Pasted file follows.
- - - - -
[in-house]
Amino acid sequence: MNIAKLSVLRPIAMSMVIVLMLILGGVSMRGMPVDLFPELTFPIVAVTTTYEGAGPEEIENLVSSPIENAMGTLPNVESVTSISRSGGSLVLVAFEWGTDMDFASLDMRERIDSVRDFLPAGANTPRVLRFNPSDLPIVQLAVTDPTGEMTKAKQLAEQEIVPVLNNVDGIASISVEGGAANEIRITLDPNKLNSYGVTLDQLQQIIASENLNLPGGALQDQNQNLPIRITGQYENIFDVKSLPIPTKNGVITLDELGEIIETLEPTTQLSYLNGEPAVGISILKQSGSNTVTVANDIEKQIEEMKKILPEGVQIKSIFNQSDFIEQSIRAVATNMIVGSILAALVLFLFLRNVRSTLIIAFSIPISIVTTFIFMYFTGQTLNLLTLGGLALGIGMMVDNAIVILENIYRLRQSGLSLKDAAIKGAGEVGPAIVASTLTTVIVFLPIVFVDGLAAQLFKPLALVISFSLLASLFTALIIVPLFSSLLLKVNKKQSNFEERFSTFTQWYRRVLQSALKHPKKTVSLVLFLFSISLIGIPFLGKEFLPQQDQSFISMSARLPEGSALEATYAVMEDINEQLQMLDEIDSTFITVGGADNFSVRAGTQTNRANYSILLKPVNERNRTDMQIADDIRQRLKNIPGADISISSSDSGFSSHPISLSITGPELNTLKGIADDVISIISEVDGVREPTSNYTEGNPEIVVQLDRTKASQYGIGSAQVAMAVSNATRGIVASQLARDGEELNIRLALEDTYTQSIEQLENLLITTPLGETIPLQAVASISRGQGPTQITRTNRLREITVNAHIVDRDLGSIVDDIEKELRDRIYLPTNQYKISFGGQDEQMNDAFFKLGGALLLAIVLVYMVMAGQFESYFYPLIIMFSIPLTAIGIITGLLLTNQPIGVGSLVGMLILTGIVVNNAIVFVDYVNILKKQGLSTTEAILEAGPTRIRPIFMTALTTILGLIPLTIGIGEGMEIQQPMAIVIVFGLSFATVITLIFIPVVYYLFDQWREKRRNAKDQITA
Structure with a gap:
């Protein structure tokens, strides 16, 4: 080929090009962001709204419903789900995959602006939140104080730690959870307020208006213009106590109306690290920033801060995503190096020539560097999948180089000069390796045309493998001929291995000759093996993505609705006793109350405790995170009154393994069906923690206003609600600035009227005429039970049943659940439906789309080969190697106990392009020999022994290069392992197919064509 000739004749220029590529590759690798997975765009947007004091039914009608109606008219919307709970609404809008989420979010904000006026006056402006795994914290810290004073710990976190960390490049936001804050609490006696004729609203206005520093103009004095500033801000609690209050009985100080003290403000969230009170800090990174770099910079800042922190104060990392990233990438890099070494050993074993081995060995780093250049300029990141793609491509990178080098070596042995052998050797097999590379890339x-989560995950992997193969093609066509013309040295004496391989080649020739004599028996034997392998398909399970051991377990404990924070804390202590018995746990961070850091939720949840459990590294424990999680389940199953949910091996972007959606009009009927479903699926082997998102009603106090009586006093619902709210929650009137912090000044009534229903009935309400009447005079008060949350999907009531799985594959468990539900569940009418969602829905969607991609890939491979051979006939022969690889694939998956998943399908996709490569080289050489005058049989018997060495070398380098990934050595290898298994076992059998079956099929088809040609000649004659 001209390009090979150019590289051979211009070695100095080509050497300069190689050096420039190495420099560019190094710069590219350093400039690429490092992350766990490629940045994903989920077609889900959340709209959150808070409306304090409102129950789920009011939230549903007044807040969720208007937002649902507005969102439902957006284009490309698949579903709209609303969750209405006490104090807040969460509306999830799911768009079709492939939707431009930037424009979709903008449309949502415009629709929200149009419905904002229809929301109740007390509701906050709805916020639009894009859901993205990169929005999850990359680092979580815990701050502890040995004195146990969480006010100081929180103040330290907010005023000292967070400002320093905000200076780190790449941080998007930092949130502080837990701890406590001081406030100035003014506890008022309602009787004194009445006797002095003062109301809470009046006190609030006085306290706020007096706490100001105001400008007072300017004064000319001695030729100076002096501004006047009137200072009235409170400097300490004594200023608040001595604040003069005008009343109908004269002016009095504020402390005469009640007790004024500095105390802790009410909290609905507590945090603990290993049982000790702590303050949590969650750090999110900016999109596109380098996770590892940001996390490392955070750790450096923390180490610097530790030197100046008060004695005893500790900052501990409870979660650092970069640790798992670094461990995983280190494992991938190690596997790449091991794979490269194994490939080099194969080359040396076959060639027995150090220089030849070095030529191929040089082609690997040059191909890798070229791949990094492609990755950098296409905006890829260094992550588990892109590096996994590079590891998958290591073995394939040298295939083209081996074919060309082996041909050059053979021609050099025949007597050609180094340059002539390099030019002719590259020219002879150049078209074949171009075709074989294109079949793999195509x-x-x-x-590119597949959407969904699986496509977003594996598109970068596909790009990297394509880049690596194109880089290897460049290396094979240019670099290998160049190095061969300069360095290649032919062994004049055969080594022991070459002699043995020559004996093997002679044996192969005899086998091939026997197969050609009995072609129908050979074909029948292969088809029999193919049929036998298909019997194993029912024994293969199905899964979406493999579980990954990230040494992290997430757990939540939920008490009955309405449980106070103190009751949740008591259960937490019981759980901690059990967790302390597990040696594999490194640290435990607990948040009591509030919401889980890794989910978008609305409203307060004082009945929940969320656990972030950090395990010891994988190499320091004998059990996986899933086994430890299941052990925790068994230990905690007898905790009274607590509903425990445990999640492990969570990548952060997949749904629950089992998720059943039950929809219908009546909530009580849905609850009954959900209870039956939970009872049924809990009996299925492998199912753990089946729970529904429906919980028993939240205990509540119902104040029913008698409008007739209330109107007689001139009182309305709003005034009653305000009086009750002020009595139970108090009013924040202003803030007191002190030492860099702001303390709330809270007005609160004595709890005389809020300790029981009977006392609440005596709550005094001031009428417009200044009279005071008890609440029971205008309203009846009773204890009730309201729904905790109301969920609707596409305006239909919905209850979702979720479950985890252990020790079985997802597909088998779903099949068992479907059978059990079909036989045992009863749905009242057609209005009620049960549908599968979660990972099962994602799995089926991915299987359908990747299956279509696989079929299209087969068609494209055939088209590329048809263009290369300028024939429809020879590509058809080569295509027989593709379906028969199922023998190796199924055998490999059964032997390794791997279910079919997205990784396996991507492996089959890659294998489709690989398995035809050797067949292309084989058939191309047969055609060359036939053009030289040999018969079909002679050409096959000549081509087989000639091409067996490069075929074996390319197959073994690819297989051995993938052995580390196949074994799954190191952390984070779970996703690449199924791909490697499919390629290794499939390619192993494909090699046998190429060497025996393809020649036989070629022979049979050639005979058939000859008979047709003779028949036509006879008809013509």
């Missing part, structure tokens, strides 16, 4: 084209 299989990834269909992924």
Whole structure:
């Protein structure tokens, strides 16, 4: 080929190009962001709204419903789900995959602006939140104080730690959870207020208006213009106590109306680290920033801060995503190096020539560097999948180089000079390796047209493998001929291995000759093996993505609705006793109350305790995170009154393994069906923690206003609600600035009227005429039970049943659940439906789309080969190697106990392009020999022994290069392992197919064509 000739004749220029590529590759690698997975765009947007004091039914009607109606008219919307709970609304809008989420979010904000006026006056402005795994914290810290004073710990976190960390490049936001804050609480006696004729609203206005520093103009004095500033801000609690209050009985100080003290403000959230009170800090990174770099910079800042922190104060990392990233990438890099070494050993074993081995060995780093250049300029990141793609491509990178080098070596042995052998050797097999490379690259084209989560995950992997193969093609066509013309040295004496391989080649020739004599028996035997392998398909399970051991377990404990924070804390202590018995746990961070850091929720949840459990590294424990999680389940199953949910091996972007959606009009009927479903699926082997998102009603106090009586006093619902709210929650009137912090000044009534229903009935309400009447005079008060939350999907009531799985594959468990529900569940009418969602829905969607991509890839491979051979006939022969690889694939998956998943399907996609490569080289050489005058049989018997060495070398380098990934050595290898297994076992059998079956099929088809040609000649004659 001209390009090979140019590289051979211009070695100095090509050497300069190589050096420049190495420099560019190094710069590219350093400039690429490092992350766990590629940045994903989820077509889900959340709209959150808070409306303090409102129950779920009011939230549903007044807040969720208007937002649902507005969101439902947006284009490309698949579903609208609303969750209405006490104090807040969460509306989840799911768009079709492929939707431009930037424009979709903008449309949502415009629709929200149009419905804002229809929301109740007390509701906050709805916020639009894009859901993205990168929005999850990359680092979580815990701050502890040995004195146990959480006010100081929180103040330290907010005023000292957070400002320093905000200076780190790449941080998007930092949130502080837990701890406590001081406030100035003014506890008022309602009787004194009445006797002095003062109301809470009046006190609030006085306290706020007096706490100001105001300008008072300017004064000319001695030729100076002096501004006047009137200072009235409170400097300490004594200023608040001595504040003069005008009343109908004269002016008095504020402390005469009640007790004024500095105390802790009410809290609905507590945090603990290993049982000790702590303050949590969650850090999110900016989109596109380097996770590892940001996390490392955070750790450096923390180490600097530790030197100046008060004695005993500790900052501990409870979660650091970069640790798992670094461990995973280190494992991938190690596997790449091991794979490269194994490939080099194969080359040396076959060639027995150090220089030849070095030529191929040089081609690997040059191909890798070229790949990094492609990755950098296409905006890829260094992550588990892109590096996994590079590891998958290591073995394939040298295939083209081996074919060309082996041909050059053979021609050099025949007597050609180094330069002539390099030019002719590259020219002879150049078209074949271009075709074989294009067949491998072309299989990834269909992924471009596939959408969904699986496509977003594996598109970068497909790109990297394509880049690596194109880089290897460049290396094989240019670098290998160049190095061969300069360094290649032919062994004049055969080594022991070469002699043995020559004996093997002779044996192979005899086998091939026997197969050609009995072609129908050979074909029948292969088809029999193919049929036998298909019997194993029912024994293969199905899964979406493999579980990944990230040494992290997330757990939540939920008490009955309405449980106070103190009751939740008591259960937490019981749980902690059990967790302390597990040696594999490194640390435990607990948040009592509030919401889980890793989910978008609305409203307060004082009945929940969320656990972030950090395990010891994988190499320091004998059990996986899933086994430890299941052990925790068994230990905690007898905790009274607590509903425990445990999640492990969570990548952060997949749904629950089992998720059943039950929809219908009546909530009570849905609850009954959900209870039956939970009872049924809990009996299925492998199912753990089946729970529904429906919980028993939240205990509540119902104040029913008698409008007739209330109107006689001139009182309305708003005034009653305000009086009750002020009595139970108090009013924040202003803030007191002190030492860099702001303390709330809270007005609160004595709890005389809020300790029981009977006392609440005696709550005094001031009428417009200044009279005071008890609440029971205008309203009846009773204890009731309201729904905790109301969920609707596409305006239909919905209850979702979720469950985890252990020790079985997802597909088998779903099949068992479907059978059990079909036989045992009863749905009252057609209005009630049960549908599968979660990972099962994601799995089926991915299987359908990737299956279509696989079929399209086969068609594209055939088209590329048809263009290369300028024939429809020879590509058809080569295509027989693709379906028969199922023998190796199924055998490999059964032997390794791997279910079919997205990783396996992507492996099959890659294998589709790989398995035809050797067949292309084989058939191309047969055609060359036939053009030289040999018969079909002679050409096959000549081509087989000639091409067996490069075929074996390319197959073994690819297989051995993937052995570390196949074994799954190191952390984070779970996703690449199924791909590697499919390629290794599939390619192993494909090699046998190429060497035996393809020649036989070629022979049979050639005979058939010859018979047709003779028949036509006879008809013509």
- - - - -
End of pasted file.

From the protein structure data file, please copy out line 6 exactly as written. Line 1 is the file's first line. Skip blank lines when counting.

Whole structure: